Monday, July 13, 2009

Reported abuse cases just tip of iceberg:Expert

During our last cell meeting Brother Chiew was talking about child abuse. Here is a story from Borneo Post, 13.7.09

PETALING JAYA: Only one in 10 cases of child and maid abuse were reported because of the society’s apathy and bureaucratic red tapes, an expert said.

Universiti of Malaya Psychiatry Department head Prof Mohamad Hussain Habil said studies had shown that modern-day nucleus family system, where people gave priority to “privacy”, prevented them from mixing with their neighbours and enquiring if they suspected abuse.

“Even if they are certain that an abuse is being committed, they are reluctant to assist for fear of infringing on the privacy of their neighbours,” he said.

On top of that, he said, the relevant agencies that were supposed to keep tab of abuses were bogged down with bureaucratic red tapes which discouraged the people from reporting such cases.

For example, he said, it was found that police were too “obsessed” with recording reports of abuse but did not address the emotional needs of the victims.

“This does not help the situation because the people needing assistance should be given appropriate support and consideration rather than being subjected to long and lengthy interviews for the purpose of recording evidence,” Mohamad Hussain told Bernama.

In view of the increasing number of abuse cases, he said, there was an urgent need to train sufficient personnel to handle such cases.

For instance, in child abuse cases, he said it was important for the government to train teachers in identifying such cases among students and helping them go through the reporting process with least red tapes.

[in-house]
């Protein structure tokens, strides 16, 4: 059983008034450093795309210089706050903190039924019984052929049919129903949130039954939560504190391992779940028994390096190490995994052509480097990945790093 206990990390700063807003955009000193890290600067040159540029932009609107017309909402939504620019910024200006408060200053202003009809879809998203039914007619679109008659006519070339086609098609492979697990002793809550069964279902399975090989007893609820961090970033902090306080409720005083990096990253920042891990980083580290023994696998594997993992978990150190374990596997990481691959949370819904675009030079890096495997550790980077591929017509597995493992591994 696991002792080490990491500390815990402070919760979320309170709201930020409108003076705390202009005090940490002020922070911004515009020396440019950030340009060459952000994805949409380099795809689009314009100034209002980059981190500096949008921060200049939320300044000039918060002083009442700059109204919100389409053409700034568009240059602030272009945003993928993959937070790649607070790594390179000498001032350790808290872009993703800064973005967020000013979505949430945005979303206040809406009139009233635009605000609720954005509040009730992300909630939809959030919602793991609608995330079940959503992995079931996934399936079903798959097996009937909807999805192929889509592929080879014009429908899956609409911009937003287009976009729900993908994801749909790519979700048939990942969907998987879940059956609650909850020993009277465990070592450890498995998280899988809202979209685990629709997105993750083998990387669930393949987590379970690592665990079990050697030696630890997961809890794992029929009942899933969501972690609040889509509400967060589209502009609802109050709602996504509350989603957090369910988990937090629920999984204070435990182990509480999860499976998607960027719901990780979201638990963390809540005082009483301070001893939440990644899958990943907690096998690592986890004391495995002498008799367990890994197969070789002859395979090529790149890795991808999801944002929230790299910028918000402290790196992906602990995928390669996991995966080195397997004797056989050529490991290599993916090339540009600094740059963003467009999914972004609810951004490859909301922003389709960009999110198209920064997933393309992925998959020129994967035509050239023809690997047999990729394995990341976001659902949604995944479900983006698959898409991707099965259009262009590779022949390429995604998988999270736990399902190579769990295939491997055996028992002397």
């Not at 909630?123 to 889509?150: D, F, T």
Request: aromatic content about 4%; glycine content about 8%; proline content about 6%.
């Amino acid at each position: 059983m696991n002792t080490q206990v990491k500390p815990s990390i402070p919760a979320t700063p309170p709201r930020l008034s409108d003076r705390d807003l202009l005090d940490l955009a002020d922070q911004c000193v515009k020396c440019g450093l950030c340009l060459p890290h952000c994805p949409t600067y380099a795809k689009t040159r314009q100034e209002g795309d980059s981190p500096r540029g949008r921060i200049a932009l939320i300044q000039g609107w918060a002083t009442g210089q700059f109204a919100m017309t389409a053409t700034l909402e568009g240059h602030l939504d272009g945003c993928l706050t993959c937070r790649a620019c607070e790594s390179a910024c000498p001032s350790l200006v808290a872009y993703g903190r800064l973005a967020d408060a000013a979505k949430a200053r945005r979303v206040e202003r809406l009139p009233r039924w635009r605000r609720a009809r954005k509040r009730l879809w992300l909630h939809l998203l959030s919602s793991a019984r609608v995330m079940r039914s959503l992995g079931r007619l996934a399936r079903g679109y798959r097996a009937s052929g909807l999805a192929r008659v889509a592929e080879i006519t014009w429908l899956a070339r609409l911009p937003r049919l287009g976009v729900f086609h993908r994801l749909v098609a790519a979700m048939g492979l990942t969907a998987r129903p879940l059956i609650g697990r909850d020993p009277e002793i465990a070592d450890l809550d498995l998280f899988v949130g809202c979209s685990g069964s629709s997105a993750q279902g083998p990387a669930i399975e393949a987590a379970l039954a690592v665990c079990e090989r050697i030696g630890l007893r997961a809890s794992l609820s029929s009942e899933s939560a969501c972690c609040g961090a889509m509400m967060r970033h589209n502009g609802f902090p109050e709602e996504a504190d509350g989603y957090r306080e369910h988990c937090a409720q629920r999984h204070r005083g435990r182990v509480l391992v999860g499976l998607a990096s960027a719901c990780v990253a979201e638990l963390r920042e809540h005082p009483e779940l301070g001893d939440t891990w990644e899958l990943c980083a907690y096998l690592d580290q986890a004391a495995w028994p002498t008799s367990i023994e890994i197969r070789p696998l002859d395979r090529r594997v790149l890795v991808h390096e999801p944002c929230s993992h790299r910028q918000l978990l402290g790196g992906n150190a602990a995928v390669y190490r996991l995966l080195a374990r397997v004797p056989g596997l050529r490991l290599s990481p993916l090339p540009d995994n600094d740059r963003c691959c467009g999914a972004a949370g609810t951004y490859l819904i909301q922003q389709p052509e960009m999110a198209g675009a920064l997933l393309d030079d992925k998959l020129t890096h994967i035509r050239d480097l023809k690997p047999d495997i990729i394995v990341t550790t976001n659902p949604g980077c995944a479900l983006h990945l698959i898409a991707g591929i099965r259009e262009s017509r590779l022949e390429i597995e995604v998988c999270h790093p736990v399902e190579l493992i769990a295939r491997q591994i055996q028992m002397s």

“Teachers can be gatekeepers to identify such cases early so that remedial action could be taken before it is too late,” he said.

As for maid abuse, it was essential to put in place a system where the maids themselves could acquire fast assistance with least hassles, Mohamad Hussain said.

He said the Human Resources Ministry’s proposal to provide maids with telephone numbers and addresses of labour officers was one such initiative.

On the mushrooming of old folks nursing home, Mohamad Hussain said it was “unfortunate that these homes were not administered by qualified personnel.”

He added that the Health Ministry had sought the inputs from various stakeholders in drawing up a mental health regulation which included the do’s and don’ts when setting up such homes and orphanages.

“However, it is unfortunate that it has been almost eight years now since the regulations were completed but they have yet to be sanctioned by the ministry,” said Mohamad Hussain who was one of the experts on the drafting committee.

He called on the ministry to expedite the implementation of the regulations so as to regulate orphanages and nursing homes which were gaining popularity especially in urban areas.

— Bernama

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